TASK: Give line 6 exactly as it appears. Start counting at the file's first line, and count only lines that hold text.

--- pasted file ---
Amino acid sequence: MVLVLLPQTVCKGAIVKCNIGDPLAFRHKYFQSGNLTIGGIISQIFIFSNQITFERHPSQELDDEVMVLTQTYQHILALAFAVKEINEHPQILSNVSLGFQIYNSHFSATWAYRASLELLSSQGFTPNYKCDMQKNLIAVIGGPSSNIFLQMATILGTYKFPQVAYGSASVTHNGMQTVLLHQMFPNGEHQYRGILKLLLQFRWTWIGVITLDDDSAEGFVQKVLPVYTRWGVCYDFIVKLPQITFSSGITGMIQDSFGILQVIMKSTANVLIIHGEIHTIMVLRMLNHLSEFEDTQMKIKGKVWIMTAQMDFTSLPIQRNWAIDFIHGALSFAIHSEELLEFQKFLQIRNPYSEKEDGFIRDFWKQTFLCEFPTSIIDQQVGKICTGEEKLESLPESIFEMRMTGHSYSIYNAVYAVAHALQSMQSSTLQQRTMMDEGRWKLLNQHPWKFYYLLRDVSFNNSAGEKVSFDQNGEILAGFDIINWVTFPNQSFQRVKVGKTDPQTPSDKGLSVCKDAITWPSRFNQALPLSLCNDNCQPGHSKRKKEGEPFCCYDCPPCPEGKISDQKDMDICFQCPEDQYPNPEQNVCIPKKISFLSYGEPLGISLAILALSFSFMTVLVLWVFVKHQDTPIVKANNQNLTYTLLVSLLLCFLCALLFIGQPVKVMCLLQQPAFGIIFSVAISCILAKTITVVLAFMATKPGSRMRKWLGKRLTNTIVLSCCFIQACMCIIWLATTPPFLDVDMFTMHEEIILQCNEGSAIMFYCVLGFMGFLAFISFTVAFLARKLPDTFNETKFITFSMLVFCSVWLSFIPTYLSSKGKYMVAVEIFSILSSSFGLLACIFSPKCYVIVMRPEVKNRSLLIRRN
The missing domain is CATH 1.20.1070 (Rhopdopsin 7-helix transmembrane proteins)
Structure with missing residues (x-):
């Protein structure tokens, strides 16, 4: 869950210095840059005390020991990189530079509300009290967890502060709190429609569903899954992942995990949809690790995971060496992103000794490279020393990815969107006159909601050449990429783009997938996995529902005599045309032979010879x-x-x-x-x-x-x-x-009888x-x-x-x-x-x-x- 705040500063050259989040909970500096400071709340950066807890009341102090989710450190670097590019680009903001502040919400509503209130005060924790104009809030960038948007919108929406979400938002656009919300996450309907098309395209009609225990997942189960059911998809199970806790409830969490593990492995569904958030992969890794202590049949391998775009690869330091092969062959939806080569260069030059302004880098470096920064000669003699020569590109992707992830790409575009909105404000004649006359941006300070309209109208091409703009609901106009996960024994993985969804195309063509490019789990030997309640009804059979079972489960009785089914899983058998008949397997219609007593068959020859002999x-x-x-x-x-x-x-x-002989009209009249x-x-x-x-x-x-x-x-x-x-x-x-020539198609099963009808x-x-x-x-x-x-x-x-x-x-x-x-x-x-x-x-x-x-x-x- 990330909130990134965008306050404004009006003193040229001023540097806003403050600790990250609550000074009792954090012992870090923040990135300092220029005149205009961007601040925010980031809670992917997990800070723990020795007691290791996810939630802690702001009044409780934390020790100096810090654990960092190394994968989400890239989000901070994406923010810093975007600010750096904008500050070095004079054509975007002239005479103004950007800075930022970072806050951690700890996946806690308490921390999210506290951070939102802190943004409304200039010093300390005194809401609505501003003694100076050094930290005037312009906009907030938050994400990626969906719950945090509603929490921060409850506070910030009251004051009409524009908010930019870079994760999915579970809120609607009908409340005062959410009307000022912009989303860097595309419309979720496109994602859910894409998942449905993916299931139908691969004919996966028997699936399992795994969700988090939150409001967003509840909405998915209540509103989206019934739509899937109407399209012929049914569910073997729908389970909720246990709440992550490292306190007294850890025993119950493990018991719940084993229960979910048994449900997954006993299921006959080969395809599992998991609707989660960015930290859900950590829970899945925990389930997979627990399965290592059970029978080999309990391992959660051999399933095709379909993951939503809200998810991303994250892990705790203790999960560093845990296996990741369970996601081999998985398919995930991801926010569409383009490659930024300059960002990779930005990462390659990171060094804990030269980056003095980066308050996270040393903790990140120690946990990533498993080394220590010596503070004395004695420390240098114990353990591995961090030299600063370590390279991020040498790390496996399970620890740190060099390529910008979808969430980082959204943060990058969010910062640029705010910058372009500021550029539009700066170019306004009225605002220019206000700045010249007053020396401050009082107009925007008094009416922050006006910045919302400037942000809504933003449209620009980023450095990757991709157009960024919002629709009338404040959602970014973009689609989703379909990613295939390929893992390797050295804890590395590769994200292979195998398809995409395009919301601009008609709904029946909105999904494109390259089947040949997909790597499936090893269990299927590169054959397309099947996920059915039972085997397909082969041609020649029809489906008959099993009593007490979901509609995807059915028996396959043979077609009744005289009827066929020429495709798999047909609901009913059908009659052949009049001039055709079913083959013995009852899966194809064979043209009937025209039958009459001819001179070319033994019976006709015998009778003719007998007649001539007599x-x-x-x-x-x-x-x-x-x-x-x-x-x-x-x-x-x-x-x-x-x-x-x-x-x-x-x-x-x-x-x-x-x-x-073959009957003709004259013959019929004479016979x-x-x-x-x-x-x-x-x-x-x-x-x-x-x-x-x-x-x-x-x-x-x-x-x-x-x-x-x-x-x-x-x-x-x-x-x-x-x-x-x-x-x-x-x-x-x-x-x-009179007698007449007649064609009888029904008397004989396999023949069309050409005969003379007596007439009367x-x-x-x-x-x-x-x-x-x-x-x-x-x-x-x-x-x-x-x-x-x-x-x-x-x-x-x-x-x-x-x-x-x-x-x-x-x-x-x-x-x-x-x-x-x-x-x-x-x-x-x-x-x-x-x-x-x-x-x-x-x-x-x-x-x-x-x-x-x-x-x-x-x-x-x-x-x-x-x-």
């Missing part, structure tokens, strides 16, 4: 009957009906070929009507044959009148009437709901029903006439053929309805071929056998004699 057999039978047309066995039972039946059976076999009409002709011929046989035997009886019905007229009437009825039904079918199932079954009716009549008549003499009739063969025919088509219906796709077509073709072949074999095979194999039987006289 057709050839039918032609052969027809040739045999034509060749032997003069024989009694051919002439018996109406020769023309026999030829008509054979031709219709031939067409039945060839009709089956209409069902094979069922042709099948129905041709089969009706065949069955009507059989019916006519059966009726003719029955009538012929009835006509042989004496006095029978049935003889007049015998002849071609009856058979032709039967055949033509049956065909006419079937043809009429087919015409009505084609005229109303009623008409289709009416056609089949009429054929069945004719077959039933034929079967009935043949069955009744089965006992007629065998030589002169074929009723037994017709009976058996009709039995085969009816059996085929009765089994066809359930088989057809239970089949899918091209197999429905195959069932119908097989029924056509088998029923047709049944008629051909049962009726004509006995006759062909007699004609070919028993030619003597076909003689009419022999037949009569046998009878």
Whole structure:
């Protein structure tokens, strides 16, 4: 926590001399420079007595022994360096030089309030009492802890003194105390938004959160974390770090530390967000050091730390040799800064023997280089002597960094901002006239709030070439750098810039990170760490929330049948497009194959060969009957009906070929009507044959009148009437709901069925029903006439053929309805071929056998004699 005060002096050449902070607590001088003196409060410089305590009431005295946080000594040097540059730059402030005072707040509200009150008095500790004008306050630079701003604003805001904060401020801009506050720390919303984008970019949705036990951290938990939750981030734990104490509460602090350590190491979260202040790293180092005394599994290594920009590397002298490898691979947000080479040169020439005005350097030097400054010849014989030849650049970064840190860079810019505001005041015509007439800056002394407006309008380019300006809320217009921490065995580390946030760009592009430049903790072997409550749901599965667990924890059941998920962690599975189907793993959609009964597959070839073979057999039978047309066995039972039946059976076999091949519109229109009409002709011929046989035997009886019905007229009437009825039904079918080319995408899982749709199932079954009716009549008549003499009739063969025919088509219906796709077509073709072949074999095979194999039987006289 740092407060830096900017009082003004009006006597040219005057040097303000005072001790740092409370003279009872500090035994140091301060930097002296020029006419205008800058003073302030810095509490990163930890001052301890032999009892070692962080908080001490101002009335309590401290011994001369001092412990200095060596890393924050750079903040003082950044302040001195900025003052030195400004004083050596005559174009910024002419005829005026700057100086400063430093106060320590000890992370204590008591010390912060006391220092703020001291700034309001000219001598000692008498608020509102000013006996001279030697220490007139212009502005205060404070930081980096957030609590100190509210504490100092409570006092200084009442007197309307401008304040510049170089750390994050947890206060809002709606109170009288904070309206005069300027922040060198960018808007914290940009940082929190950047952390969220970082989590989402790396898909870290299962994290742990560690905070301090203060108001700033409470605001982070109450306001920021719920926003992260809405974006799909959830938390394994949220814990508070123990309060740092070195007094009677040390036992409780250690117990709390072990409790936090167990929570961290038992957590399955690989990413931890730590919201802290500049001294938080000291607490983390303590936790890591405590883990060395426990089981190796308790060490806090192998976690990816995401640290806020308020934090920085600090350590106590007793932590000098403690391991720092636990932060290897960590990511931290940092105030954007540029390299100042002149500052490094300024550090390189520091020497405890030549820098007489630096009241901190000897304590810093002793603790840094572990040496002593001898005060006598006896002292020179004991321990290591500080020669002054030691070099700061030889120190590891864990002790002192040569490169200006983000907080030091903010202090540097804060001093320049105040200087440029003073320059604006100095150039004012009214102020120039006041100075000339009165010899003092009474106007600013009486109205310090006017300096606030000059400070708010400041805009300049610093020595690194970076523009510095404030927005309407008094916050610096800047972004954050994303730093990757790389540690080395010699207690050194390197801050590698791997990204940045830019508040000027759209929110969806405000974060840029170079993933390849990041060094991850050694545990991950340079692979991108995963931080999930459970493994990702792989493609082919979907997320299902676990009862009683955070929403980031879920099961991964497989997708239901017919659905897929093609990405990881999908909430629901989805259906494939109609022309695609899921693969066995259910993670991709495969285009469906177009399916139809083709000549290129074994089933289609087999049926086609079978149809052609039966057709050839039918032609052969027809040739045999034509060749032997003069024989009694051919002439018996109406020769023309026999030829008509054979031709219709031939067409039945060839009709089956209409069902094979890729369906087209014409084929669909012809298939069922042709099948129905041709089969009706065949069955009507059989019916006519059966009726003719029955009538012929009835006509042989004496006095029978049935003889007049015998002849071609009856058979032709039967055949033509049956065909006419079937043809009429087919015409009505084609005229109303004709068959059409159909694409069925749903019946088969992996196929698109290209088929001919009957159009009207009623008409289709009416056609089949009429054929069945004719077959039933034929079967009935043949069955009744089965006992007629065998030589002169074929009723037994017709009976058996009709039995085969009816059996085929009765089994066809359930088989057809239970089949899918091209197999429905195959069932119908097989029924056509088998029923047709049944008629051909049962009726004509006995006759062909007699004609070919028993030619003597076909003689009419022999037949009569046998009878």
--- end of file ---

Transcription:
Whole structure: